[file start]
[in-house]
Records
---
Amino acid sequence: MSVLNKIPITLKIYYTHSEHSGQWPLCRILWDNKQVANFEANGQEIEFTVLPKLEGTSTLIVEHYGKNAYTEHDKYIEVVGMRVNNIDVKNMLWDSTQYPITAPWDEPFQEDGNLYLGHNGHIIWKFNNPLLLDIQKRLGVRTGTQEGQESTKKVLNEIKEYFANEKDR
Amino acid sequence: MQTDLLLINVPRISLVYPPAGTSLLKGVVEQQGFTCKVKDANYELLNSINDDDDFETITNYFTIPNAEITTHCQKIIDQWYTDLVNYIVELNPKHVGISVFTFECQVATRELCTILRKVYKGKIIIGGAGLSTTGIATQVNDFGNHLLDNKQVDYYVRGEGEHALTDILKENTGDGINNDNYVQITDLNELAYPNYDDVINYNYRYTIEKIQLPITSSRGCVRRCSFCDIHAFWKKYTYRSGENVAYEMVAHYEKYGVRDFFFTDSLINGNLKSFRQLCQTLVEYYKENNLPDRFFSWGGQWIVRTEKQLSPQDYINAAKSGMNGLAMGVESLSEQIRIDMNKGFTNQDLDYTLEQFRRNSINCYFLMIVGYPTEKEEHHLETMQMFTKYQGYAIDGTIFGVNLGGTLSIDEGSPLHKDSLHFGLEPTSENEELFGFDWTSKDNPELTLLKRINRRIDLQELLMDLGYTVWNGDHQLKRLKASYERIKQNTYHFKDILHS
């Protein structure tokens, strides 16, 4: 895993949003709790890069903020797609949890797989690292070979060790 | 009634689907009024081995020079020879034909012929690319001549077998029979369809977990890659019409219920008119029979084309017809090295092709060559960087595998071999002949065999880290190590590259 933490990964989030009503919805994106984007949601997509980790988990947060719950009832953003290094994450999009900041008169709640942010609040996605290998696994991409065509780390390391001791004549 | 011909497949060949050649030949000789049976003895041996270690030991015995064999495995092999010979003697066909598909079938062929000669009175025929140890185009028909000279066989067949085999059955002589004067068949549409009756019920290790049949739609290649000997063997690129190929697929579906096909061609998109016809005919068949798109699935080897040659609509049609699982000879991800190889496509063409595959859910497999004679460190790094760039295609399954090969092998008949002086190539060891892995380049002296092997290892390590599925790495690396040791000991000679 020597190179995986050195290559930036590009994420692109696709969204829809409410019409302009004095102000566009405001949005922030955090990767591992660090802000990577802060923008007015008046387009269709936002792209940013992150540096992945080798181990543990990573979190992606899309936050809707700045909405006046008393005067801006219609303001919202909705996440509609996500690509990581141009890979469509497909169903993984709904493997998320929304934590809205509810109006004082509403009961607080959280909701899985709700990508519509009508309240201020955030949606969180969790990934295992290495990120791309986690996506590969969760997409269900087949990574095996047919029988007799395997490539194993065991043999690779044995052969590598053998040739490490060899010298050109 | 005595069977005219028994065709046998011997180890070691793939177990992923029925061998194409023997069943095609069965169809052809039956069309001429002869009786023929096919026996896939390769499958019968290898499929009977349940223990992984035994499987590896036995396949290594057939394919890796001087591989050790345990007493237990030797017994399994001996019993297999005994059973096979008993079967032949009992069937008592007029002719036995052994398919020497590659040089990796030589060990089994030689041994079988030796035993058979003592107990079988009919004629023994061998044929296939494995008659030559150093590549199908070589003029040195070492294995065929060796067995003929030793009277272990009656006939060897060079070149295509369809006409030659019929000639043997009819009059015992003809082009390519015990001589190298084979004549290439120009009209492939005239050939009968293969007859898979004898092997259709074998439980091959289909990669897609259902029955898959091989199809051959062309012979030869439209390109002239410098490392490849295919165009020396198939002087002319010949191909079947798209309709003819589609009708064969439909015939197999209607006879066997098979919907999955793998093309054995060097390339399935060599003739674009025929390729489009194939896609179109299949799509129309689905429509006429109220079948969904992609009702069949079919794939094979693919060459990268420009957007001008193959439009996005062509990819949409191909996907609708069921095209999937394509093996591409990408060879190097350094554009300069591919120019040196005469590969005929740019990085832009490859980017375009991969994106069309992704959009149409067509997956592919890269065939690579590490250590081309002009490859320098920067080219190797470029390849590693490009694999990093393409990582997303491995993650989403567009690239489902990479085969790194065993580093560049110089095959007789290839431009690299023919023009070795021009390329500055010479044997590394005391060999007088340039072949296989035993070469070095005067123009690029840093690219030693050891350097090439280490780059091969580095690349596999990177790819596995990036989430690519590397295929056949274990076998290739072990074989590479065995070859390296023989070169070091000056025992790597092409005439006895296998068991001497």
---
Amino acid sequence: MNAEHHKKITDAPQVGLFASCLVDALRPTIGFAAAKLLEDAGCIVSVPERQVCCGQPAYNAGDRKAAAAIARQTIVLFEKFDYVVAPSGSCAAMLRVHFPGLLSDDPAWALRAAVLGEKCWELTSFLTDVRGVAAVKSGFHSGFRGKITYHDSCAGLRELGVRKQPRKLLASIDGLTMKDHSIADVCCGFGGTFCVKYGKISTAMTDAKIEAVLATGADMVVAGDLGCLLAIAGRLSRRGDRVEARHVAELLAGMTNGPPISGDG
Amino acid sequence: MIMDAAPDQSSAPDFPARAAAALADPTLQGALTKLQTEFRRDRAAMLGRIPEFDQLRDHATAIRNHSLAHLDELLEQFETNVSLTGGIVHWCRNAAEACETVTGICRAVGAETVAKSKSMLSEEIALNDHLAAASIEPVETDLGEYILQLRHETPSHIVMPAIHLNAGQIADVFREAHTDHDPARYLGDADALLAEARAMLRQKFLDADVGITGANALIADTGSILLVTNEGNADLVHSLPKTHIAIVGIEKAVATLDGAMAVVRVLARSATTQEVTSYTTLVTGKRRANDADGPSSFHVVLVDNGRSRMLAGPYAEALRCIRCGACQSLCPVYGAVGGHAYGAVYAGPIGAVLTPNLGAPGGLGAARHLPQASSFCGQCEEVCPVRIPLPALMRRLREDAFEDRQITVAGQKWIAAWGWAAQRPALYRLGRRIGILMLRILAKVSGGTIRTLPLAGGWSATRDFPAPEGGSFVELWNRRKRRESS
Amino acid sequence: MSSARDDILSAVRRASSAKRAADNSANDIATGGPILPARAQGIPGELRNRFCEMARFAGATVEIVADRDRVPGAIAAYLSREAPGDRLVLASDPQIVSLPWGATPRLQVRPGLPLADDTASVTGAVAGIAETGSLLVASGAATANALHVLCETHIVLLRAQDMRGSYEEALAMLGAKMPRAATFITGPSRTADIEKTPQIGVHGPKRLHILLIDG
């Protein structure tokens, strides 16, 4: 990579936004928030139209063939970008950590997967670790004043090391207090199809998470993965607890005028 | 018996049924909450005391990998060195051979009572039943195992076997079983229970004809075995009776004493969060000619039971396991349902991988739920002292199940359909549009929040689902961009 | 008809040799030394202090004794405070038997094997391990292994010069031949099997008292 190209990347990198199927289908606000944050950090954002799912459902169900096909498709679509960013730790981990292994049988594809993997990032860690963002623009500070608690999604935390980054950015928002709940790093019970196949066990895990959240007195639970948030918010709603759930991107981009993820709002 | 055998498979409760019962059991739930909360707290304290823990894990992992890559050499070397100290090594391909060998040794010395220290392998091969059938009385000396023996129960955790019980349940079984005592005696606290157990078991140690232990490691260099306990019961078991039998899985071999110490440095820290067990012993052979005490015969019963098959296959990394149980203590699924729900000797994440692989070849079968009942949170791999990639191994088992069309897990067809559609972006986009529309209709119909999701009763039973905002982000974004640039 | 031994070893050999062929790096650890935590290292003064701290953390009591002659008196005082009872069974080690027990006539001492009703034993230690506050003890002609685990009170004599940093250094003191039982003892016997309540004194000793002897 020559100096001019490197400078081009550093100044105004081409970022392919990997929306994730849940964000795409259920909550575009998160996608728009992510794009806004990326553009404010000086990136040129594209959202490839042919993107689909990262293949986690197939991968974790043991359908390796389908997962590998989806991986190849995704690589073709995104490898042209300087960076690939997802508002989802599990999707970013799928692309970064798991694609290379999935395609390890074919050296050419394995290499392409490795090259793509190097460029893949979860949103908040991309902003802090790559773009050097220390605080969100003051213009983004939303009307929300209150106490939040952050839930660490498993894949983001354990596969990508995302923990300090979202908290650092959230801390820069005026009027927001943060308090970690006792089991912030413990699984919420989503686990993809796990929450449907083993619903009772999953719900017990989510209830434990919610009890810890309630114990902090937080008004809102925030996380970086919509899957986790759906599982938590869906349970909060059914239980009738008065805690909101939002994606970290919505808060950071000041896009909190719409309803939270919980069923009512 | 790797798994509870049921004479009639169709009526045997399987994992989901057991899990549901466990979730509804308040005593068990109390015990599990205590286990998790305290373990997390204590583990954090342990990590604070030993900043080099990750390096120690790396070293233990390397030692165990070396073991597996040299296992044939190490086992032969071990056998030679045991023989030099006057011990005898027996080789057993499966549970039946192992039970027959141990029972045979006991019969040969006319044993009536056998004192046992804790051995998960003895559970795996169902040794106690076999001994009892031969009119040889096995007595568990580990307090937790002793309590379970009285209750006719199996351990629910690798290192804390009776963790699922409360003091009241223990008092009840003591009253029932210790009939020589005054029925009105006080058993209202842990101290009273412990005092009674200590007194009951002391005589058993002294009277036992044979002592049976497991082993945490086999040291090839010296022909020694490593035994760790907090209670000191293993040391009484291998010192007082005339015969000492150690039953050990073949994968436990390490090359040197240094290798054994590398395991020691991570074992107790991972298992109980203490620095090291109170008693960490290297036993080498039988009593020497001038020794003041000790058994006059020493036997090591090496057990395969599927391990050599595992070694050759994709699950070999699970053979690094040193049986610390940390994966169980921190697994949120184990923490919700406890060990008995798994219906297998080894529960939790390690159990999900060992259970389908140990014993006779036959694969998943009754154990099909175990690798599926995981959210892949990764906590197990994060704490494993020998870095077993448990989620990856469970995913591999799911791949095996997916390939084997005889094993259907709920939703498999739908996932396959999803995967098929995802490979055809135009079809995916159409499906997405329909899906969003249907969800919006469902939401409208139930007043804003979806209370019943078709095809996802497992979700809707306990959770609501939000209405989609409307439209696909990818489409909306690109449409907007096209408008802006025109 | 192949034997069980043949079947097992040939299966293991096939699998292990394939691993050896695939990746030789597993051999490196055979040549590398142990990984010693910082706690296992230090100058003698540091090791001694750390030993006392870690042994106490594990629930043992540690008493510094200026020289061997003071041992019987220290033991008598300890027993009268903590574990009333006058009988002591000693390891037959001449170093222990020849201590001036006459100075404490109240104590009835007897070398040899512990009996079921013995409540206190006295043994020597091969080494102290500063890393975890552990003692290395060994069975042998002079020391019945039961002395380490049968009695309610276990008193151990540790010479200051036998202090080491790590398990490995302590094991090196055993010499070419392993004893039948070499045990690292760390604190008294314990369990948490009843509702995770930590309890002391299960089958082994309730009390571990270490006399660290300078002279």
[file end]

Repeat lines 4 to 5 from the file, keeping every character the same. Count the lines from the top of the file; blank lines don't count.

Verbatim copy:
Amino acid sequence: MSVLNKIPITLKIYYTHSEHSGQWPLCRILWDNKQVANFEANGQEIEFTVLPKLEGTSTLIVEHYGKNAYTEHDKYIEVVGMRVNNIDVKNMLWDSTQYPITAPWDEPFQEDGNLYLGHNGHIIWKFNNPLLLDIQKRLGVRTGTQEGQESTKKVLNEIKEYFANEKDR
Amino acid sequence: MQTDLLLINVPRISLVYPPAGTSLLKGVVEQQGFTCKVKDANYELLNSINDDDDFETITNYFTIPNAEITTHCQKIIDQWYTDLVNYIVELNPKHVGISVFTFECQVATRELCTILRKVYKGKIIIGGAGLSTTGIATQVNDFGNHLLDNKQVDYYVRGEGEHALTDILKENTGDGINNDNYVQITDLNELAYPNYDDVINYNYRYTIEKIQLPITSSRGCVRRCSFCDIHAFWKKYTYRSGENVAYEMVAHYEKYGVRDFFFTDSLINGNLKSFRQLCQTLVEYYKENNLPDRFFSWGGQWIVRTEKQLSPQDYINAAKSGMNGLAMGVESLSEQIRIDMNKGFTNQDLDYTLEQFRRNSINCYFLMIVGYPTEKEEHHLETMQMFTKYQGYAIDGTIFGVNLGGTLSIDEGSPLHKDSLHFGLEPTSENEELFGFDWTSKDNPELTLLKRINRRIDLQELLMDLGYTVWNGDHQLKRLKASYERIKQNTYHFKDILHS